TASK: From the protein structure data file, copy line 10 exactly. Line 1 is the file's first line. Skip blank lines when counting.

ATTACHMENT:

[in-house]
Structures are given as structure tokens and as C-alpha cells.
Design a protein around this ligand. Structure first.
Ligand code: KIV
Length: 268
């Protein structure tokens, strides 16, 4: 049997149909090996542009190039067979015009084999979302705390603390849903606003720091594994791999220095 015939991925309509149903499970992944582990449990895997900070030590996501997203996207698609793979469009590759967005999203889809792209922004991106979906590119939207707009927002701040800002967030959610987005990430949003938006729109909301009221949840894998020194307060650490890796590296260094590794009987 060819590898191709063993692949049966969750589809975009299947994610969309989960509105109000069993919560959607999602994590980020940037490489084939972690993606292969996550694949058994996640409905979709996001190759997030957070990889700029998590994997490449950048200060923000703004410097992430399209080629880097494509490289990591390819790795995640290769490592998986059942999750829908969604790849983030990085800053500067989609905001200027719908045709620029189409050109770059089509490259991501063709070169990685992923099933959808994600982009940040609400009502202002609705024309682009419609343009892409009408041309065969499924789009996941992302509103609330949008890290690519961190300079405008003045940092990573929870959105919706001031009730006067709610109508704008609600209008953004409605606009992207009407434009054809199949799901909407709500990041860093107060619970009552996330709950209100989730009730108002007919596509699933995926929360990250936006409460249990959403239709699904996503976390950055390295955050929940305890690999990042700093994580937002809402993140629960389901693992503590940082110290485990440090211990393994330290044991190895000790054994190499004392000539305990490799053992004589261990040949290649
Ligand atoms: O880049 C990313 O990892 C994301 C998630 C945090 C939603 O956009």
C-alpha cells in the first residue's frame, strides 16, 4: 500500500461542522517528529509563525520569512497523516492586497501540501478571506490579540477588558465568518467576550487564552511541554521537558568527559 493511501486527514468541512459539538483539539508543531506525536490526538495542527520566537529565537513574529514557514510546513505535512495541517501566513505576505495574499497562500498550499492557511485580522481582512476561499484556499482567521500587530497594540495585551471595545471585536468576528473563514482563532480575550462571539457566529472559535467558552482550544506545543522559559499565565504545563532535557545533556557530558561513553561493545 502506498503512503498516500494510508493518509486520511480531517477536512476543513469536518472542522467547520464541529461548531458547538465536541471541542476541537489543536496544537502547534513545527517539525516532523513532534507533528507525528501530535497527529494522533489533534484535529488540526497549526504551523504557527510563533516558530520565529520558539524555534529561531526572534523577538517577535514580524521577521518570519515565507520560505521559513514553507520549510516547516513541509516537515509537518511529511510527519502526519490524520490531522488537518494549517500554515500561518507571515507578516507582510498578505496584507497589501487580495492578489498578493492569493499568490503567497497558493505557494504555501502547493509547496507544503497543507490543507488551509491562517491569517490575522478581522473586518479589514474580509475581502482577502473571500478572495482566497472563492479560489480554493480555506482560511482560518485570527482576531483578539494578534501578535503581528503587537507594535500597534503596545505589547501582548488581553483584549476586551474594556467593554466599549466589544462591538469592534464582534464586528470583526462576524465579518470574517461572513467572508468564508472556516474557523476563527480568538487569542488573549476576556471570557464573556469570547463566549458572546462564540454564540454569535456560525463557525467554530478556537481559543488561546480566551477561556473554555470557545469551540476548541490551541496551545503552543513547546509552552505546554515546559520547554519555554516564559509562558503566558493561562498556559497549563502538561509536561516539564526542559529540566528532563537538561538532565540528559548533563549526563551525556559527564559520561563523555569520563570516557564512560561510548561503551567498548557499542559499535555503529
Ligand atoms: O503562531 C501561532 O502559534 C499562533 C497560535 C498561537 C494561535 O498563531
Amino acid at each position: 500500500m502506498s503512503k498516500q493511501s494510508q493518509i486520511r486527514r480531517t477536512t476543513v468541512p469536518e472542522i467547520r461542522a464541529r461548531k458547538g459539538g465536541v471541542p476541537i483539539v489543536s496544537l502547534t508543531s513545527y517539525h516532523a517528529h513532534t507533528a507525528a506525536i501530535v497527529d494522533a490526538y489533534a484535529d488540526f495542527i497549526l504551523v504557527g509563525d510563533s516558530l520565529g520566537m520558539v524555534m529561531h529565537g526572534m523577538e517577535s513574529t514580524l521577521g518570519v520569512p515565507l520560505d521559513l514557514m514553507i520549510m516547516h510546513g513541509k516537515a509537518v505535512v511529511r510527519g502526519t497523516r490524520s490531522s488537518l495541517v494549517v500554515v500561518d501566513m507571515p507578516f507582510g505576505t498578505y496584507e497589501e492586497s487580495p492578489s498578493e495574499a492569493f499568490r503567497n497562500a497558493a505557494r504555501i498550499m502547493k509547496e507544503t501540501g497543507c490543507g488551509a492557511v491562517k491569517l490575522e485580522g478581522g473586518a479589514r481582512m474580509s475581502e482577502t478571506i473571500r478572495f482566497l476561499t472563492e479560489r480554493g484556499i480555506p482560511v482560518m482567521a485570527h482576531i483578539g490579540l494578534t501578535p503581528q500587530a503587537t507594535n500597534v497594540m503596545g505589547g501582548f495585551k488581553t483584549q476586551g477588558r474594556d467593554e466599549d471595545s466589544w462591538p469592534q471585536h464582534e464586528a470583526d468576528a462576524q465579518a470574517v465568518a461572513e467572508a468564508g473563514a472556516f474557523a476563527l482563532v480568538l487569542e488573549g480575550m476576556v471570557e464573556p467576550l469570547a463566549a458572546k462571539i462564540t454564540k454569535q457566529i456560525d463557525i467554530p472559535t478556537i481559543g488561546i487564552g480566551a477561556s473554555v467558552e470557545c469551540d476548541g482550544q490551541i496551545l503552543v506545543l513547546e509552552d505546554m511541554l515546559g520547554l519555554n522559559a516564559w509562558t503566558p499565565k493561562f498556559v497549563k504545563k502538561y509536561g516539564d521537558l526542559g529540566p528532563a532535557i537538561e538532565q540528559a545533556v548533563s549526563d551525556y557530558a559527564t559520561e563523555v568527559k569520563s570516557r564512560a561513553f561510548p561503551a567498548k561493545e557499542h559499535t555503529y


Amino acid at each position: 500500500m502506498s503512503k498516500q493511501s494510508q493518509i486520511r486527514r480531517t477536512t476543513v468541512p469536518e472542522i467547520r461542522a464541529r461548531k458547538g459539538g465536541v471541542p476541537i483539539v489543536s496544537l502547534t508543531s513545527y517539525h516532523a517528529h513532534t507533528a507525528a506525536i501530535v497527529d494522533a490526538y489533534a484535529d488540526f495542527i497549526l504551523v504557527g509563525d510563533s516558530l520565529g520566537m520558539v524555534m529561531h529565537g526572534m523577538e517577535s513574529t514580524l521577521g518570519v520569512p515565507l520560505d521559513l514557514m514553507i520549510m516547516h510546513g513541509k516537515a509537518v505535512v511529511r510527519g502526519t497523516r490524520s490531522s488537518l495541517v494549517v500554515v500561518d501566513m507571515p507578516f507582510g505576505t498578505y496584507e497589501e492586497s487580495p492578489s498578493e495574499a492569493f499568490r503567497n497562500a497558493a505557494r504555501i498550499m502547493k509547496e507544503t501540501g497543507c490543507g488551509a492557511v491562517k491569517l490575522e485580522g478581522g473586518a479589514r481582512m474580509s475581502e482577502t478571506i473571500r478572495f482566497l476561499t472563492e479560489r480554493g484556499i480555506p482560511v482560518m482567521a485570527h482576531i483578539g490579540l494578534t501578535p503581528q500587530a503587537t507594535n500597534v497594540m503596545g505589547g501582548f495585551k488581553t483584549q476586551g477588558r474594556d467593554e466599549d471595545s466589544w462591538p469592534q471585536h464582534e464586528a470583526d468576528a462576524q465579518a470574517v465568518a461572513e467572508a468564508g473563514a472556516f474557523a476563527l482563532v480568538l487569542e488573549g480575550m476576556v471570557e464573556p467576550l469570547a463566549a458572546k462571539i462564540t454564540k454569535q457566529i456560525d463557525i467554530p472559535t478556537i481559543g488561546i487564552g480566551a477561556s473554555v467558552e470557545c469551540d476548541g482550544q490551541i496551545l503552543v506545543l513547546e509552552d505546554m511541554l515546559g520547554l519555554n522559559a516564559w509562558t503566558p499565565k493561562f498556559v497549563k504545563k502538561y509536561g516539564d521537558l526542559g529540566p528532563a532535557i537538561e538532565q540528559a545533556v548533563s549526563d551525556y557530558a559527564t559520561e563523555v568527559k569520563s570516557r564512560a561513553f561510548p561503551a567498548k561493545e557499542h559499535t555503529y